Abarat: The Abarat Trilogy, Book 1
What parents need to know
Parents Need to Know
Parents need to know that those with a taste for the creepy and bizarre this is a romp. For sensitive children, there's plenty here to induce nightmares. Either way, you may want to read and discuss the strange occurrences here together.
What's the story?
Clive Barker's second book for young adults and the first of a proposed series is Alice in Wonderland for the new millennium. Like Carroll's heroine, Candy Quackenbush finds herself following a strange creature into a stranger world though, this being the 21st century, she is escaping a drunken and abusive father in a town devoted to butchering chickens, rather than just a dull afternoon, and instead of a tea party on land she finds a poker game floating in the sea.
She soon discovers that this land is the Abarat, a chain of 25 islands, each existing in a different unchanging hour of the day (and one mysterious extra island), inhabited by a multiplicity of strange creatures, from John Mischief, who has seven brothers growing out of his horns, to Christopher Carrion, who wears a high translucent collar filled with nightmares swimming in blue fluid.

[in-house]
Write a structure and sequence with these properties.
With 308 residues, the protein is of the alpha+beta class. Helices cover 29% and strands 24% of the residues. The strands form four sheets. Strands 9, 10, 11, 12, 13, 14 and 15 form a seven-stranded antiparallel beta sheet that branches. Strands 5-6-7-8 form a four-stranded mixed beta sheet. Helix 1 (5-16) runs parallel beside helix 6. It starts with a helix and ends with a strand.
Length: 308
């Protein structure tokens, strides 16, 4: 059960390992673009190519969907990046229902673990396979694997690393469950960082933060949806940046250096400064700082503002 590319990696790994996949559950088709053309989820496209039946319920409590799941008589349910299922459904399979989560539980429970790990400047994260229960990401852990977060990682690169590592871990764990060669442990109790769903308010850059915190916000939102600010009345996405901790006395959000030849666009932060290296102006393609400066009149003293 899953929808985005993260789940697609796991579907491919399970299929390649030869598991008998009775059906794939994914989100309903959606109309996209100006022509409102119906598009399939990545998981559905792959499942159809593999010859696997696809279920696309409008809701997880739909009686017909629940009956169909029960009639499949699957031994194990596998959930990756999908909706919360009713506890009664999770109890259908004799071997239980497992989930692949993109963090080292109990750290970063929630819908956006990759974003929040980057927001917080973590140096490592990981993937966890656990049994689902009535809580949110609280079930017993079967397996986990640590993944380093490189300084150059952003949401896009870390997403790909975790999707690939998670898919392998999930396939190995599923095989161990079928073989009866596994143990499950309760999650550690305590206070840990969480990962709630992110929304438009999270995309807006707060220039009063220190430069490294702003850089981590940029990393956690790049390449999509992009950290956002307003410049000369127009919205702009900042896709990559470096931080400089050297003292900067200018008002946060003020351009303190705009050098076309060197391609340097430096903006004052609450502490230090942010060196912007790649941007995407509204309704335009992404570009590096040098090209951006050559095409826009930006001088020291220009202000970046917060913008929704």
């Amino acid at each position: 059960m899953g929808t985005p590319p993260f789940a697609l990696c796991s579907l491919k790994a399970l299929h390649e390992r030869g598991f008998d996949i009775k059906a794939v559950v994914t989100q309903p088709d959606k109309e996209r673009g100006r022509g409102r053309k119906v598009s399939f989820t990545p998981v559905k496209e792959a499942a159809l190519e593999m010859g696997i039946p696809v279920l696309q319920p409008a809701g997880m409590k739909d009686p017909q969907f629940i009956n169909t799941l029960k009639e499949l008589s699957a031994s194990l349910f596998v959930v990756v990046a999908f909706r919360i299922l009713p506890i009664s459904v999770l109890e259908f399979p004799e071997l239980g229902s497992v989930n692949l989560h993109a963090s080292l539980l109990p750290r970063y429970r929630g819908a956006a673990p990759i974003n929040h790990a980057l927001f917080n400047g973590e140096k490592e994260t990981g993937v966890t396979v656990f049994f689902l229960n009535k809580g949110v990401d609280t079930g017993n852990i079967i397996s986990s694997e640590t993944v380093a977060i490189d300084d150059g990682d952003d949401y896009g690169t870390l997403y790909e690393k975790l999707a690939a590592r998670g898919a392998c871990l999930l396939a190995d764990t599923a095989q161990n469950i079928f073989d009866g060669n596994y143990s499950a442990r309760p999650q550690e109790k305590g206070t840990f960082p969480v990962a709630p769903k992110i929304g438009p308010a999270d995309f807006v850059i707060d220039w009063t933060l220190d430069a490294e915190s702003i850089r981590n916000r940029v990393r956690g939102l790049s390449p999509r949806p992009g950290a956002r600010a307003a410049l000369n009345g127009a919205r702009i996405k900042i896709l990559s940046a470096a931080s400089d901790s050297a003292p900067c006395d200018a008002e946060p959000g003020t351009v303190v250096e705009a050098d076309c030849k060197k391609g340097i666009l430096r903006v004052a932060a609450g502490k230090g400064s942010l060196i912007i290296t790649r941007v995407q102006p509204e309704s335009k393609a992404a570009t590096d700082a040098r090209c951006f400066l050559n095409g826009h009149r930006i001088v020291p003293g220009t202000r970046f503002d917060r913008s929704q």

Is it any good?
The plot is mainly an excuse for an excursion through the fertile, bizarre, and gruesome imagination of author Clive Barker. This first book suggests an author obsessed: In addition to more than 400 pages of text (including a 25-page appendix), Barker has created over 100 vividly colorful illustrations. When the book first came out there was a free poster map of the world, and there is an interactive version on the Web site (www.harperchildren.com/), though why they didn't print the map on the endpapers is a mystery in an otherwise gorgeous and lavishly produced book.
This appeals to children who like to be fascinated, rather than emotionally invested. Though the story lacks the heart tight plotting of the best children's books, children with a taste for the wild and grotesque will by enthralled by this travelogue of the weird.
Families can talk about...
Families can talk about the thin plot. Is the descriptive adventure satisfying, or do you prefer stories with tighter plots? What would you hope to see in subsequent books in this series?